[ Editor's Note: The following letter is an excerpt of a comment left on archpaper.com. It pertains to the new Museum of Contemporary Art (MOCA) Cleveland designed by Farshid Moussavi, which Stephanie Murg critiqued for AN's Midwest edition last November. AN welcomes reader letters, which could appear in our regional print editions. To share your opinion, please email firstname.lastname@example.org. ]
MOCA’s form is a simple game of extruded geometry. The base form shifts from a hexagon as it rises to a square at its top. A third year architecture student would have been given a C- and asked, “Is that all you could come up with?” The exterior is clad in black stainless steel panels that are already streaking at the corners. They also present a range of colors that indicate the material selection and/or production was not up to the task of producing uniformity.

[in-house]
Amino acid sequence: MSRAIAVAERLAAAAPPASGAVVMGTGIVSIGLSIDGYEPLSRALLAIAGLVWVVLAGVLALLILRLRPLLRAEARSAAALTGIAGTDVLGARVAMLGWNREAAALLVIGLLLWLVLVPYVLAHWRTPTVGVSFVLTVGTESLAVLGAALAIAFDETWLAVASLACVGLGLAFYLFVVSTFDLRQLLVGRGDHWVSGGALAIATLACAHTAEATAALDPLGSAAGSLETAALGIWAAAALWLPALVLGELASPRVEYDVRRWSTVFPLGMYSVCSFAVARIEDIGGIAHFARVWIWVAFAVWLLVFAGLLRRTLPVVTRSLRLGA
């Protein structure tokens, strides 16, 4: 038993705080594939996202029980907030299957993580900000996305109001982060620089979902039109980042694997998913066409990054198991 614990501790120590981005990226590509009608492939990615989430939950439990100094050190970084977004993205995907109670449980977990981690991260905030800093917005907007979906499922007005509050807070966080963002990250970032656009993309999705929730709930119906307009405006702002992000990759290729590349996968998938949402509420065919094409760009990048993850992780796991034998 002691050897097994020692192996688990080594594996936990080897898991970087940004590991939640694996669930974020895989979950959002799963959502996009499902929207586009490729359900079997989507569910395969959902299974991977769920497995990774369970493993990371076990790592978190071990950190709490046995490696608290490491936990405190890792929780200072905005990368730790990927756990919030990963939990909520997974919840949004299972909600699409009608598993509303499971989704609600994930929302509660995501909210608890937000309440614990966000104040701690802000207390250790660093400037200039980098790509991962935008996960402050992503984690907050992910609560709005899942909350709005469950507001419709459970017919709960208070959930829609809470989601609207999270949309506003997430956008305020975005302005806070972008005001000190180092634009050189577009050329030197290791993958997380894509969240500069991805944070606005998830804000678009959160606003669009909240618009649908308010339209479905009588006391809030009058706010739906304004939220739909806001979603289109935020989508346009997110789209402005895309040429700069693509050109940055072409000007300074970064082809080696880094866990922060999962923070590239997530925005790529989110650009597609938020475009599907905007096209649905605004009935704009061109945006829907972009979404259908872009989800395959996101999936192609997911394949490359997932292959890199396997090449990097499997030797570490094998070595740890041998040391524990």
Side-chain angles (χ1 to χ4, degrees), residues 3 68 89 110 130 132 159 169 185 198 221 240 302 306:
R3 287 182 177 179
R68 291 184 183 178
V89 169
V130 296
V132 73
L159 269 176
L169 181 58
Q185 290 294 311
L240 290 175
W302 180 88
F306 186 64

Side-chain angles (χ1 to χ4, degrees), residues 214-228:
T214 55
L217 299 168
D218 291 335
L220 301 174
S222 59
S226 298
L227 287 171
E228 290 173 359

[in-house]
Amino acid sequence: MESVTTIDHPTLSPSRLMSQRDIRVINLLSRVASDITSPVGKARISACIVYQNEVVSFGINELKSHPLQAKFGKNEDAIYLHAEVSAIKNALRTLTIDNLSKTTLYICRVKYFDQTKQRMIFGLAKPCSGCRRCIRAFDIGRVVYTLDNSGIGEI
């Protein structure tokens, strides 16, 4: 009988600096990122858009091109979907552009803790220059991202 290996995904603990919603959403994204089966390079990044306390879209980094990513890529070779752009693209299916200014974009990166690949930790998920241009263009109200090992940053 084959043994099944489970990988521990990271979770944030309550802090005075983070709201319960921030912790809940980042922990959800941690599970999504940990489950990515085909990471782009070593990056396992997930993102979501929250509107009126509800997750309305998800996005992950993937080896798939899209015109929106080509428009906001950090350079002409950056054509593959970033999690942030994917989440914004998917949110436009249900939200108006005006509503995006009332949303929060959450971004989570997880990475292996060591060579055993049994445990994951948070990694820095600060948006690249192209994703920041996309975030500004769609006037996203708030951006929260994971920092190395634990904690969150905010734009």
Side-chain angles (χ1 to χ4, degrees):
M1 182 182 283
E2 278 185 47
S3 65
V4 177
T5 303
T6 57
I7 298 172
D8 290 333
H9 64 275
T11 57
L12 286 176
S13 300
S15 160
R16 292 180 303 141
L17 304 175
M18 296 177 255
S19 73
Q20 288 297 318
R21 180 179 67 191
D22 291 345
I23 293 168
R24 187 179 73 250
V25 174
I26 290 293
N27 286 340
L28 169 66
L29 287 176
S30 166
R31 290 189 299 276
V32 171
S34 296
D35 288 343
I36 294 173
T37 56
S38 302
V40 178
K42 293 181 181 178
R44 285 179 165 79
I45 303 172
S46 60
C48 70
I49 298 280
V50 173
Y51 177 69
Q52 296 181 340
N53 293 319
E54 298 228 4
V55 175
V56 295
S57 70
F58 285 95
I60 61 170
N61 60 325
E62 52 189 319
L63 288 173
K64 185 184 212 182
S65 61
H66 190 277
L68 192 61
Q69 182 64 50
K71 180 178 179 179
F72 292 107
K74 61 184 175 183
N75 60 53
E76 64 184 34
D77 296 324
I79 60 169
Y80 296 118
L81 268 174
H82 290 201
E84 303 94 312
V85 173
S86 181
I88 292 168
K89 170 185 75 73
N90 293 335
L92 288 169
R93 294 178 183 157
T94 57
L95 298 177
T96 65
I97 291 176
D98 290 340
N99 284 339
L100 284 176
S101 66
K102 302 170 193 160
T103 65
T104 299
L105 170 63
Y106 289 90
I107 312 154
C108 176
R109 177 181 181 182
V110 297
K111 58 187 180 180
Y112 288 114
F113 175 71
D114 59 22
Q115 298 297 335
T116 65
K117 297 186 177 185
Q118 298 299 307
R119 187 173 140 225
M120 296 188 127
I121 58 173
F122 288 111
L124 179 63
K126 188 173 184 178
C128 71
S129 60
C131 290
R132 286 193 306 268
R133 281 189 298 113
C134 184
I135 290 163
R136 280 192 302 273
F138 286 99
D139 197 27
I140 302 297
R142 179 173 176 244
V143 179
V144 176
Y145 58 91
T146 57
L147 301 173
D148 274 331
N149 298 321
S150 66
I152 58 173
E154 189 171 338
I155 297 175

Additionally, the gauge of the panels is such that they reflect extensive oil canning, which makes the black box look cheap. Moussavi introduced slanting windows that have nothing to do with the experience from the interior as they slash through spaces and right through floors, revealing their arbitrary and formal imposition. With exterior walls that slant from side-to-side and warp, tilting in and out, one can quickly become dizzy and nauseous. The only real design feature of MOCA is its stair—Moussavi herself calls it the “dominant architectural feature of the building.’ It is pressed up against the exposed construction of the exterior envelope, which is painted a very dark shade of blue. Everything is painted dark blue, except the white sidewalls of the stair. It shifts angles and doubles back at landings as it drags one upward. As you finally turn for the last half section at the primary exhibition space, you are confronted with a massive exposed air handling unit—painted dark blue—hovering just above your head with its three flywheels waiting to shave off any hairstyle attempting verticality. The light fixtures also hang down into your headroom, obscuring your view down. It is unpleasant and absurd. You perceive that the roof is too low and you feel compressed in the largest open space in the project. Even Wright knew that after “compression” came “release.” Not Moussavi.
William T. Eberhard,
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